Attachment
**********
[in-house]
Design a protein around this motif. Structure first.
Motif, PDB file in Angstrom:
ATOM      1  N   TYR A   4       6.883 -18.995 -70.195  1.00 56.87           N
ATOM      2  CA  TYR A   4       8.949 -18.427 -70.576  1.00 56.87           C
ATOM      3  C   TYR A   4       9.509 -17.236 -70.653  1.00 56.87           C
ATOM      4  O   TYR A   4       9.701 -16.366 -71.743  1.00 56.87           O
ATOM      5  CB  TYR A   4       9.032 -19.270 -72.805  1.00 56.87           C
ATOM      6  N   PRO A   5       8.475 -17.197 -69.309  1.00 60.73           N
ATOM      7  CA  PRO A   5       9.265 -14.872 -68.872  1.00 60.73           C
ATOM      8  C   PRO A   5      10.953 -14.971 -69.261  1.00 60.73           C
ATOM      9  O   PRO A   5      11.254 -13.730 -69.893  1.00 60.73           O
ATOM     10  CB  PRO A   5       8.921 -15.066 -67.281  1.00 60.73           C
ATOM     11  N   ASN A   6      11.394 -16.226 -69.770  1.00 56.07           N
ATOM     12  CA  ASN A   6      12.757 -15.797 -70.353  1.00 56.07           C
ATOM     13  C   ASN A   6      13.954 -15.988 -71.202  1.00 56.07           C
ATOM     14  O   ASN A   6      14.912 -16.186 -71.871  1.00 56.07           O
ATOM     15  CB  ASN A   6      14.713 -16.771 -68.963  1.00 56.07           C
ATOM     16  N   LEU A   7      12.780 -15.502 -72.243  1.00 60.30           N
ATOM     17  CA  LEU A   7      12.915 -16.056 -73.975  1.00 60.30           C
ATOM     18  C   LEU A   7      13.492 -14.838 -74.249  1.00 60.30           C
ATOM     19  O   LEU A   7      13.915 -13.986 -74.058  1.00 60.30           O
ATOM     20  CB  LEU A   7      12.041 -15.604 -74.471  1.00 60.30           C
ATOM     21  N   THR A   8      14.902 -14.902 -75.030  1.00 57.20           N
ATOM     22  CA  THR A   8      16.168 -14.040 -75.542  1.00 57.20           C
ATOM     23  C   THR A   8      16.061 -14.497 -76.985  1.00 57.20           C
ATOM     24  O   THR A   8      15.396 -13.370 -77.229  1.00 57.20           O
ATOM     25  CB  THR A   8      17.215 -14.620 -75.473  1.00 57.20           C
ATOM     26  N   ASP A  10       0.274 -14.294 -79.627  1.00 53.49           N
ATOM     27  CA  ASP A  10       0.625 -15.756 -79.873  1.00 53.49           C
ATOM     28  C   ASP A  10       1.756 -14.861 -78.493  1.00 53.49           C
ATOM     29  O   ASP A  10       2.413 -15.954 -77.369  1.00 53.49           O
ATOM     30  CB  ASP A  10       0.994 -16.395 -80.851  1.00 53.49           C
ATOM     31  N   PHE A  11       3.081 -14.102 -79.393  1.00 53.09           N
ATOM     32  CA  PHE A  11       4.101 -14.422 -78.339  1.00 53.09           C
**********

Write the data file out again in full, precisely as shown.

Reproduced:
[in-house]
Design a protein around this motif. Structure first.
Motif, PDB file in Angstrom:
ATOM      1  N   TYR A   4       6.883 -18.995 -70.195  1.00 56.87           N
ATOM      2  CA  TYR A   4       8.949 -18.427 -70.576  1.00 56.87           C
ATOM      3  C   TYR A   4       9.509 -17.236 -70.653  1.00 56.87           C
ATOM      4  O   TYR A   4       9.701 -16.366 -71.743  1.00 56.87           O
ATOM      5  CB  TYR A   4       9.032 -19.270 -72.805  1.00 56.87           C
ATOM      6  N   PRO A   5       8.475 -17.197 -69.309  1.00 60.73           N
ATOM      7  CA  PRO A   5       9.265 -14.872 -68.872  1.00 60.73           C
ATOM      8  C   PRO A   5      10.953 -14.971 -69.261  1.00 60.73           C
ATOM      9  O   PRO A   5      11.254 -13.730 -69.893  1.00 60.73           O
ATOM     10  CB  PRO A   5       8.921 -15.066 -67.281  1.00 60.73           C
ATOM     11  N   ASN A   6      11.394 -16.226 -69.770  1.00 56.07           N
ATOM     12  CA  ASN A   6      12.757 -15.797 -70.353  1.00 56.07           C
ATOM     13  C   ASN A   6      13.954 -15.988 -71.202  1.00 56.07           C
ATOM     14  O   ASN A   6      14.912 -16.186 -71.871  1.00 56.07           O
ATOM     15  CB  ASN A   6      14.713 -16.771 -68.963  1.00 56.07           C
ATOM     16  N   LEU A   7      12.780 -15.502 -72.243  1.00 60.30           N
ATOM     17  CA  LEU A   7      12.915 -16.056 -73.975  1.00 60.30           C
ATOM     18  C   LEU A   7      13.492 -14.838 -74.249  1.00 60.30           C
ATOM     19  O   LEU A   7      13.915 -13.986 -74.058  1.00 60.30           O
ATOM     20  CB  LEU A   7      12.041 -15.604 -74.471  1.00 60.30           C
ATOM     21  N   THR A   8      14.902 -14.902 -75.030  1.00 57.20           N
ATOM     22  CA  THR A   8      16.168 -14.040 -75.542  1.00 57.20           C
ATOM     23  C   THR A   8      16.061 -14.497 -76.985  1.00 57.20           C
ATOM     24  O   THR A   8      15.396 -13.370 -77.229  1.00 57.20           O
ATOM     25  CB  THR A   8      17.215 -14.620 -75.473  1.00 57.20           C
ATOM     26  N   ASP A  10       0.274 -14.294 -79.627  1.00 53.49           N
ATOM     27  CA  ASP A  10       0.625 -15.756 -79.873  1.00 53.49           C
ATOM     28  C   ASP A  10       1.756 -14.861 -78.493  1.00 53.49           C
ATOM     29  O   ASP A  10       2.413 -15.954 -77.369  1.00 53.49           O
ATOM     30  CB  ASP A  10       0.994 -16.395 -80.851  1.00 53.49           C
ATOM     31  N   PHE A  11       3.081 -14.102 -79.393  1.00 53.09           N
ATOM     32  CA  PHE A  11       4.101 -14.422 -78.339  1.00 53.09           C